It's about time, teachers. . .for standardized testing to be over. That means it's about time to have some fun with your students (finally). I have a fun, fun, fun project to help propel you through the last quarter of the school year. It's called History Mystery Research Challenge.
I developed this as an enrichment project that I thought would be good for 3rd - 5th grades; maybe for 2nd grade with some help from the teacher. But, much to my surprise and delight, the kindergarten and 1st grade classes begged to join in, too. Even more incredibly, the school secretary, the computer lab assistant, the art teacher, and the Title I teacher joined in on the fun.
Here's how it works:
- Copy the clues and cut them apart.
- Distribute 1 clue each day to each participant. [The clues are numbered and there is 1 clue for each day of the week.]
- Award points for correct answers as follows:
- day 1 = 5 points
- day 2 = 4 points
- day 3 = 3 points
- day 4 = 2 points
- day 5 = 1 point
- Keep track of the scores each day, but do NOT let anyone know whether they have solved the mystery or not.
- Post the scores AFTER the 5th clue is scored. [Because I love competition, I made an enormous graph on one hallway wall where I recorded each classroom's score each week. Great for graph reading skills!]
- Announce the correct answer the next day (usually Monday) before giving the 1st clue for the next week's contest.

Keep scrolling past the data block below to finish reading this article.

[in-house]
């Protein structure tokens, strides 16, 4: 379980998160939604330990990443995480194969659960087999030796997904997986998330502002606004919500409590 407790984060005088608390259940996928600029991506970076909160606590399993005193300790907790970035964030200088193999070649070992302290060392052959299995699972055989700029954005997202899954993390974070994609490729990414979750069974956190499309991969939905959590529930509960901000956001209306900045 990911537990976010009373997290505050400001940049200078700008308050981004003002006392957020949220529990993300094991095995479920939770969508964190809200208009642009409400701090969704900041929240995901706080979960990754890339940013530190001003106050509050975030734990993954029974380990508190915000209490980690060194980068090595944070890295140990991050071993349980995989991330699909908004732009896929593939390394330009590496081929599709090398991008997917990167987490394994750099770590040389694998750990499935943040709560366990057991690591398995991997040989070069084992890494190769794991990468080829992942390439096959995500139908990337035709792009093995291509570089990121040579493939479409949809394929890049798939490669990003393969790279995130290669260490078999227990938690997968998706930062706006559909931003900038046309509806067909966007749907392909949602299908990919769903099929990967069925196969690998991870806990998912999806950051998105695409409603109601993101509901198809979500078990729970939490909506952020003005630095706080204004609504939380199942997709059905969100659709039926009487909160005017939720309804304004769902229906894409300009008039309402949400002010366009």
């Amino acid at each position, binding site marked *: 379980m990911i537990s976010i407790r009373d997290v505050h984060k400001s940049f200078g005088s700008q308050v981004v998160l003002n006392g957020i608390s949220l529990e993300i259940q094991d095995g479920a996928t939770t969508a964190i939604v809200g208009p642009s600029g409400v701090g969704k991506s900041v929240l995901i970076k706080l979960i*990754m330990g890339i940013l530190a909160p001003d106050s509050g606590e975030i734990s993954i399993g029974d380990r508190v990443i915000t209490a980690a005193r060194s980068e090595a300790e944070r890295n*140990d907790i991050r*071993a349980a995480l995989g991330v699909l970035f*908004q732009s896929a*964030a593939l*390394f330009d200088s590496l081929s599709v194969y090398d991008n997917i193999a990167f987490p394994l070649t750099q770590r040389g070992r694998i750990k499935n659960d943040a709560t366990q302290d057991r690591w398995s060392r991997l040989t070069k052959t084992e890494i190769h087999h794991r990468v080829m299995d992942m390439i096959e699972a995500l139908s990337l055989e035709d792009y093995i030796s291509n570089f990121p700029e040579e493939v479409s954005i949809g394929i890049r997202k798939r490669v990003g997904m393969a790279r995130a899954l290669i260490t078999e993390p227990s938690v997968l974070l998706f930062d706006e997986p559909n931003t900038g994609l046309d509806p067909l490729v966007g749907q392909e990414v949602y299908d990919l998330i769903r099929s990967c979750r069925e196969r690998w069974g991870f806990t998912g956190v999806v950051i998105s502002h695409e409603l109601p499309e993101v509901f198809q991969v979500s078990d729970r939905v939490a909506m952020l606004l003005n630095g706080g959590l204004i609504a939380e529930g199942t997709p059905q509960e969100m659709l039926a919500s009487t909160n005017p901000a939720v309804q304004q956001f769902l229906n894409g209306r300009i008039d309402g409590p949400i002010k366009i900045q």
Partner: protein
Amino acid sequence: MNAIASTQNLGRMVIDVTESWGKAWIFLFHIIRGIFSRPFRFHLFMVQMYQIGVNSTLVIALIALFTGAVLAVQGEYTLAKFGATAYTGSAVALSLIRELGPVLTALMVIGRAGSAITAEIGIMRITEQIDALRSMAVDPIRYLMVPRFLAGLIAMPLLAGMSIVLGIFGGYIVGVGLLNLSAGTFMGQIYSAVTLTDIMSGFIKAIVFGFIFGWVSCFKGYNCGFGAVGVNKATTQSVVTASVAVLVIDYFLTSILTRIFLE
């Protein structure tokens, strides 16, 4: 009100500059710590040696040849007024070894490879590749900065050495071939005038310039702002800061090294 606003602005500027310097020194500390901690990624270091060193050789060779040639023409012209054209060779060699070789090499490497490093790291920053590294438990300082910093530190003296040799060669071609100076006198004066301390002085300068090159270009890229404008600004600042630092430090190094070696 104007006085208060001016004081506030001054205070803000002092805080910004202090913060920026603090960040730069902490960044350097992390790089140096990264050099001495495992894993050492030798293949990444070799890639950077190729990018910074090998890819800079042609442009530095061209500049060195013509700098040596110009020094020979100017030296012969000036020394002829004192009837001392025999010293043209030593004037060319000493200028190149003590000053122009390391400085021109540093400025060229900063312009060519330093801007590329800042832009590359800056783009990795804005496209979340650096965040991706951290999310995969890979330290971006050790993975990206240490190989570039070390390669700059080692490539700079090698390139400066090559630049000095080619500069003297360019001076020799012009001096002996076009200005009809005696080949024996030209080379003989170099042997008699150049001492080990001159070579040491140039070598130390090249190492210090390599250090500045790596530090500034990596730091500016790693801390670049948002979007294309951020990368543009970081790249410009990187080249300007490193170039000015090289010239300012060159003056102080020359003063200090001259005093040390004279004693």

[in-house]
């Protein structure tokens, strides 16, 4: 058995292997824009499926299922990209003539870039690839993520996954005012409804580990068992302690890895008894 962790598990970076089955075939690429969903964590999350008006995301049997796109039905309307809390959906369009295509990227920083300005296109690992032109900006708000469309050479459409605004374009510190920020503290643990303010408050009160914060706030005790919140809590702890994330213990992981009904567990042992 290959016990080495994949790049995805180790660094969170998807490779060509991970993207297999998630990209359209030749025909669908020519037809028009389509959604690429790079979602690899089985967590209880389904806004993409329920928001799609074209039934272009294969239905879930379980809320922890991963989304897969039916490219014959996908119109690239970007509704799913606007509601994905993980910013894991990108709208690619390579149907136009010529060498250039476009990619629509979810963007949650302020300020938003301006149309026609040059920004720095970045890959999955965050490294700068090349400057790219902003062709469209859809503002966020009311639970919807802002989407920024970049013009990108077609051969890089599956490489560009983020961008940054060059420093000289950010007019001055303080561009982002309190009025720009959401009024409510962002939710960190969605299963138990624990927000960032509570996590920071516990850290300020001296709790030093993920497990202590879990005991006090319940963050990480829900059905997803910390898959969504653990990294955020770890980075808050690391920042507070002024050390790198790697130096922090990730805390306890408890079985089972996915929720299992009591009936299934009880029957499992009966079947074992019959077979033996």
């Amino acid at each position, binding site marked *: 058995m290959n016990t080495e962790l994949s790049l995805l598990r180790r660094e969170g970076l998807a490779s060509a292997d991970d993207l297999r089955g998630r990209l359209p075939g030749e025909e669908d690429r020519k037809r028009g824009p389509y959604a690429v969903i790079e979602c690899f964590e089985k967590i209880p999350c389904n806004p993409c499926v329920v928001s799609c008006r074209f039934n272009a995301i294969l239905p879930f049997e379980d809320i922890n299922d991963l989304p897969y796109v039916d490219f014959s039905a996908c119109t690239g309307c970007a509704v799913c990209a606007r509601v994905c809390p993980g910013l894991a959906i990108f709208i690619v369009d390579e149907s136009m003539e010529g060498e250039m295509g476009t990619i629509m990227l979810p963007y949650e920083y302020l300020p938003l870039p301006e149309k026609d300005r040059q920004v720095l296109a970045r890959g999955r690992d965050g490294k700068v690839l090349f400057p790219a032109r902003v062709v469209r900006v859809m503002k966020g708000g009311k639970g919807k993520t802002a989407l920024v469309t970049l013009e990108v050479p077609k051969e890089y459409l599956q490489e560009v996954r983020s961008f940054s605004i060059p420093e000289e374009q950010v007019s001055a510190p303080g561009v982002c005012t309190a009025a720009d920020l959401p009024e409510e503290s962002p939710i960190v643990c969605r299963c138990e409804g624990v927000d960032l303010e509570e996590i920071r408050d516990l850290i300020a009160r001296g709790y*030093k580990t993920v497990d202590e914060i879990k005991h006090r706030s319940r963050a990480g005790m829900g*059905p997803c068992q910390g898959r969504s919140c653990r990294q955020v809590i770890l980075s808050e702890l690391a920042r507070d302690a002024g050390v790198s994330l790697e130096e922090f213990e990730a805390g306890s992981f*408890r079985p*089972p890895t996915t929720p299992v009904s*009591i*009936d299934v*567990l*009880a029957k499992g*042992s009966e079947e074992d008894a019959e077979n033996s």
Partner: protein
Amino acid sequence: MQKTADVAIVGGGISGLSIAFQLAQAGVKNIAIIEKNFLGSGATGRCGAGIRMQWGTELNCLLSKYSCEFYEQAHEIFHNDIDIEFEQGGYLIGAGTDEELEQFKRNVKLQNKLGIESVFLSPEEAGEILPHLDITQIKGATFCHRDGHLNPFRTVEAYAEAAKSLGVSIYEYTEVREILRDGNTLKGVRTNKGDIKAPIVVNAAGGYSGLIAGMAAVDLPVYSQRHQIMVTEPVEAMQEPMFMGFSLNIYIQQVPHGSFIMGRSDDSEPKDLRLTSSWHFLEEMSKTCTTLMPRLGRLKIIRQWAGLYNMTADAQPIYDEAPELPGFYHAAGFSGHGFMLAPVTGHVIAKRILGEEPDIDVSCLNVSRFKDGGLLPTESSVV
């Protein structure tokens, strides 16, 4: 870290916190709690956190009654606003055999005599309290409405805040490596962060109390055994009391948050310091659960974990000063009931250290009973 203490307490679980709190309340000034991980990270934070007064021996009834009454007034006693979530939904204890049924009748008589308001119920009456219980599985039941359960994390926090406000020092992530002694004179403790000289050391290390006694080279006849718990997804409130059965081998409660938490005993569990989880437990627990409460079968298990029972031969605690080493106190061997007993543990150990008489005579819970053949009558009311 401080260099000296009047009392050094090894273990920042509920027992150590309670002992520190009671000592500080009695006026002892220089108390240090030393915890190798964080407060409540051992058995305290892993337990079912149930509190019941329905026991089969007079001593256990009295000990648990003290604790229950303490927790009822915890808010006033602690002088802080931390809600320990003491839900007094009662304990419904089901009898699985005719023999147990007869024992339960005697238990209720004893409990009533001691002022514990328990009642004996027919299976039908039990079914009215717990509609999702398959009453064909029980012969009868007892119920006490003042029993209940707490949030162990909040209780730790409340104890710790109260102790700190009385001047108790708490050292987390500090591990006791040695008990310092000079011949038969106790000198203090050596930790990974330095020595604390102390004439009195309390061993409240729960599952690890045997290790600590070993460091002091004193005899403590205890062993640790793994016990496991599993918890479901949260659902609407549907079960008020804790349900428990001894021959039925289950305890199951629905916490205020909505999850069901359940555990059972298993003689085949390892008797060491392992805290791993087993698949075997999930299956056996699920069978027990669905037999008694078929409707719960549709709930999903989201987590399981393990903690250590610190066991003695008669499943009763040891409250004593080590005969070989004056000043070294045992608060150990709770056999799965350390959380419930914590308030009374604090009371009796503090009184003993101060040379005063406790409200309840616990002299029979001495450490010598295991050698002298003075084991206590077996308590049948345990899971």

As the school's enrichment specialist, I had access to all the classes in my building. I made the rule that I would accept only 1 answer from each classroom. [Thus, I reduced by workload exponentially and fostered cooperative learning.] It is essential that you not reveal the correct answer until after the 5th clue has been shared and appropriate time is given to submit answers for the 5th clue. This keeps everyone engaged and prevents that unfortunate inevitability in which someone tells another competitor the right answer.
If you are not an enrichment specialist or other professional with access to every classroom, you can just as easily conduct this within your classroom, challenging each student to undertake the research on their own. Or, in the interest of reducing your work and promoting cooperative learning, create teams among your students. Another suggestion is to challenge other classes at your grade level to participate.
Classroom teachers eagerly reported that students who had never shown any interest in library skills, literally ran to the library as soon as they received the day's clue. How rewarding is that????
This product has enough clues to last 12 weeks. If you like it, you can find it in my TpT Store or in my TeachersNotebook Shop.
Now go forth and have fun!